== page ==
StatSoft Webinar (Feb 19): Reduce Journal Research from Weeks to Hours with STATISTICA Text Miner
Can a recommender service be created to automatically identify a few relevant articles from many thousands ? This webinar shows a successful case study with STATISTICA Data Miner and Text Miner.
StatSoft February Webinar: "Reduce Journal Research from Weeks to Hours
with STATISTICA Text Miner: A Success Story"
Free Registration = http://bit.ly/10xtAjk
Researchers find it difficult to keep up with the ever-increasing number of journal articles in their fields of research. For instance, a PubMed search for "Breast Cancer Genetics" returns over 45,000 hits alone. Refining search strings only goes so far to reduce this number, so experts still must sift through many abstracts - a cumbersome and laborious process - perhaps only eventually to find that very few are relevant.
Can a recommender service be created to identify relevant articles and, if so, could such a service be automated? The answer to this question is yes, with tools such as STATISTICA Data Miner and Text Miner.
Furthermore, since XML is becoming a standard means of storing and sharing information, this presentation may have additional cross-appeal, as importing XML with a STATISTICA Visual Basic (SVB) macro is discussed.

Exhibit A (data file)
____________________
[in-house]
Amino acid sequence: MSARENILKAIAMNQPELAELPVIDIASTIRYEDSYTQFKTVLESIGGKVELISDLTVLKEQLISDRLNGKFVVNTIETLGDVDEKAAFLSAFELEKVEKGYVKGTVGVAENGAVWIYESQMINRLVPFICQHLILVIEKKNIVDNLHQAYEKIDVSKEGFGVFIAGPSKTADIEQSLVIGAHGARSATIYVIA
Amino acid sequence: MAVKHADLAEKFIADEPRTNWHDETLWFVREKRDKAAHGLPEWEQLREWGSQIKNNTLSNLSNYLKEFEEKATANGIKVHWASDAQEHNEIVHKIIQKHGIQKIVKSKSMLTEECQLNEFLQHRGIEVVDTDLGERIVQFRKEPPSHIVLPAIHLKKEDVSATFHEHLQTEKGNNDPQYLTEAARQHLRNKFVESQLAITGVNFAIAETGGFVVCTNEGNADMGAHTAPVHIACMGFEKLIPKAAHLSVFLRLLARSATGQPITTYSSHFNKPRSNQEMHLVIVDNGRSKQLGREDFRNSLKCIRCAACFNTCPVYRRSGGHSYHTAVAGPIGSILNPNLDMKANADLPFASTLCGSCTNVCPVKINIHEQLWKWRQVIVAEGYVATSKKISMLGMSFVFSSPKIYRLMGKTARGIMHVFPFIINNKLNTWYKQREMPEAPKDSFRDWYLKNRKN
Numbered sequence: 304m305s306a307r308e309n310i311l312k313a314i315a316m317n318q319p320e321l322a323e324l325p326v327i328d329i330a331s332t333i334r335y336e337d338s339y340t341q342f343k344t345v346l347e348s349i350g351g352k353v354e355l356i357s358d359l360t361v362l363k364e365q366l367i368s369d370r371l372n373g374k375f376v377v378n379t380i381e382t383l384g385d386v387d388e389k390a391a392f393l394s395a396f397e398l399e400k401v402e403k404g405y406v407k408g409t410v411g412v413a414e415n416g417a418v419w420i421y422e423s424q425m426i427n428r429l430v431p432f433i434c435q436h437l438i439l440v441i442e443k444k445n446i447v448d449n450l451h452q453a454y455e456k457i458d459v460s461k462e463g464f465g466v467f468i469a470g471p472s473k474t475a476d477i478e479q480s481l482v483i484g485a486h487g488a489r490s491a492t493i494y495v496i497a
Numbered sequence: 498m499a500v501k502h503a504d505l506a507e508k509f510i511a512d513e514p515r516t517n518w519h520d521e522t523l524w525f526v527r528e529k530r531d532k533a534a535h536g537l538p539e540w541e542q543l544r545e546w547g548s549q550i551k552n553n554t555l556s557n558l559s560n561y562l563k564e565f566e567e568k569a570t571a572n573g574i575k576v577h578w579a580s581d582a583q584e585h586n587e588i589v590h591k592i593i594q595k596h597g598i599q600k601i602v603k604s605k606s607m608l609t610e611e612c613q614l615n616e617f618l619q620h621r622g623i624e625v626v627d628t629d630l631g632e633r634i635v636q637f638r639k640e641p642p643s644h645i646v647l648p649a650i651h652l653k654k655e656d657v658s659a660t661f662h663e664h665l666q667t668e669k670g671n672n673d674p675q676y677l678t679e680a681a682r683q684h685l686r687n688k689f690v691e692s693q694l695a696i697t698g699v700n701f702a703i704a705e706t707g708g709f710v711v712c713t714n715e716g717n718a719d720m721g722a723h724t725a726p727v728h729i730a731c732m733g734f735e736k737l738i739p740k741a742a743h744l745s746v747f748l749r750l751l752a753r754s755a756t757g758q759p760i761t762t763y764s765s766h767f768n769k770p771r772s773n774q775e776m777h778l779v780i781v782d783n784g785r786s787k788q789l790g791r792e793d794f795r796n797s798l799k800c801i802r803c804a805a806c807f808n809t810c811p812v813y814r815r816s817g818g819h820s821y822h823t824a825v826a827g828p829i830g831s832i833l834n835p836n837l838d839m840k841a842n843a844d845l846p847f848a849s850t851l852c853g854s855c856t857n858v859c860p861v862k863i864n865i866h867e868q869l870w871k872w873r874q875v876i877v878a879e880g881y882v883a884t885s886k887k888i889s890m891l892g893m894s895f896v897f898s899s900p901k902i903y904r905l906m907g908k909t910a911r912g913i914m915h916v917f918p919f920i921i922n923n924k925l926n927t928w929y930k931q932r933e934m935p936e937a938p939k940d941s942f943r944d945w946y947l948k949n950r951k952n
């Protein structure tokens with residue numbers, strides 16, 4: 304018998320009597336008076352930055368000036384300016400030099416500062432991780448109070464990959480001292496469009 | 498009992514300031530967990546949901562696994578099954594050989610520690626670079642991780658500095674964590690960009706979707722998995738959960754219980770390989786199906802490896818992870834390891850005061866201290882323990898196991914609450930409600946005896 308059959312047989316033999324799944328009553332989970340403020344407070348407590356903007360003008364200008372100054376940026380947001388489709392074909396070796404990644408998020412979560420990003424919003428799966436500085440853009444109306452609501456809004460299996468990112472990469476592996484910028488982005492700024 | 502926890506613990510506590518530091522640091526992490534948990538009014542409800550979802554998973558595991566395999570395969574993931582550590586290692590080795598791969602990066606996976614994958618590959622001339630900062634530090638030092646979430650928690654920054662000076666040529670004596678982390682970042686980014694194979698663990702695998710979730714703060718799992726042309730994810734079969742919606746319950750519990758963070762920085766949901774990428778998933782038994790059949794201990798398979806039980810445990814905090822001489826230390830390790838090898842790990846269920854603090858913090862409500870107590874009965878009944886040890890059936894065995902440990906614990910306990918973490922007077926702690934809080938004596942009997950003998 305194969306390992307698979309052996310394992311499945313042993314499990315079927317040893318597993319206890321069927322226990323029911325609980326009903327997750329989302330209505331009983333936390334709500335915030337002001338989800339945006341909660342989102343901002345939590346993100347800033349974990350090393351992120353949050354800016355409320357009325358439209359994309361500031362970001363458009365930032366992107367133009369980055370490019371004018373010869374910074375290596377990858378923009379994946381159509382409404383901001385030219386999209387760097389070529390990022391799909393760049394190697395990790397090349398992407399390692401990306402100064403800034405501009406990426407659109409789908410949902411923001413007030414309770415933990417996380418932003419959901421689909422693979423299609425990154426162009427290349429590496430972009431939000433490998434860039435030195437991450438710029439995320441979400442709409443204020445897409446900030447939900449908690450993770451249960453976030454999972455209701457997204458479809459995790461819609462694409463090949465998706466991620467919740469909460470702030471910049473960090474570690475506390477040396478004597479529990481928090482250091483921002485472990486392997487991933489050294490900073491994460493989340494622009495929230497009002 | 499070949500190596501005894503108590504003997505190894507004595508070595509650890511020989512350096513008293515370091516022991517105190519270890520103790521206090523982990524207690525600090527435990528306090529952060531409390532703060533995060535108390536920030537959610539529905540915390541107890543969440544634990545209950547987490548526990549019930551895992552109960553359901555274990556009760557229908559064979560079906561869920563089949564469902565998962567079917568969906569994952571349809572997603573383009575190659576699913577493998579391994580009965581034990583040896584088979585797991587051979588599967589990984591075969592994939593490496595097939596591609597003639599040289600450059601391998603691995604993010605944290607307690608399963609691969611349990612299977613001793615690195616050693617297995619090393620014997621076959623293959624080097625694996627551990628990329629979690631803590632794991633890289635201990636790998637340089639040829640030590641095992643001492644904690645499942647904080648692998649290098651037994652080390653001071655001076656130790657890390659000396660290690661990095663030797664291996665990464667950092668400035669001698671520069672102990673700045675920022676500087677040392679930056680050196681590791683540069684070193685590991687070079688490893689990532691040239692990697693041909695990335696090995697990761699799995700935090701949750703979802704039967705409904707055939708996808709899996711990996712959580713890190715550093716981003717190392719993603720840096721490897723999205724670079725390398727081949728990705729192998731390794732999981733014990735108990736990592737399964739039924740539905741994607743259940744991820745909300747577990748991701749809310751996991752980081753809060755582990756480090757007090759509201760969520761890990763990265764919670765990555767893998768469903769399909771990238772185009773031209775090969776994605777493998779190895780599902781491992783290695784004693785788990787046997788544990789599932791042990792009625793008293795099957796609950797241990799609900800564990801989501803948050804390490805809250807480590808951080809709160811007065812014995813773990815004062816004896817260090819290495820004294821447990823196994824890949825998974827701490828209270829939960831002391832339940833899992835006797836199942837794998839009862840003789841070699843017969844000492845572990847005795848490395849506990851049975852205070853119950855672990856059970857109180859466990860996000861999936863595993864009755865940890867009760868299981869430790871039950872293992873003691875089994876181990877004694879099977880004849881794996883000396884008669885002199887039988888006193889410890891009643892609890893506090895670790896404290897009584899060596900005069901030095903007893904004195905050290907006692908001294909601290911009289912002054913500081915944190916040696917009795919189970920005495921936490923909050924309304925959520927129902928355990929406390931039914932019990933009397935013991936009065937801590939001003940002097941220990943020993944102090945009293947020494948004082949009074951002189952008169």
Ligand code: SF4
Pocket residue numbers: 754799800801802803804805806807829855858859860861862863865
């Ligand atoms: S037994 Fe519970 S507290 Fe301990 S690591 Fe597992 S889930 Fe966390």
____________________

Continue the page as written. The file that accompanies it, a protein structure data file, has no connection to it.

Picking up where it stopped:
Join us Tuesday, Feb. 19, as Toby Barrus, Sr. Quality Engineer at Myriad Genetics, presents a case study for a PubMed recommender service using STATISTICA Data Miner and Text Miner. He based this successful implementation on an example from the textbook, "Practical Text Mining," by Dr. Gary Miner, et al. Toby will cover the following topics:
- Brief overview of PubMed search results and the "Send to" feature to export data in XML format
- Import XML data into STATISTICA using a SVB macro
- Text Miner to convert free-form text into usable format for data mining
- Data Miner to create and compare predictive models
- Rapid Deployment of best model to new search results
Presenter Bio: Toby Barrus is a Senior Quality Engineer for Myriad Genetics, where he is primarily responsible for validation of new molecular diagnostic tests. He is also heavily involved in continuous improvement activities where he uses techniques such as Lean, Six Sigma, and Data Mining. He obtained his Six Sigma Master Black Belt Certification from Arizona State University in July of 2011. He also has earned a Graduate Certificate in Data Mining from the University of Louisville and a MS in Physics from The Ohio State University.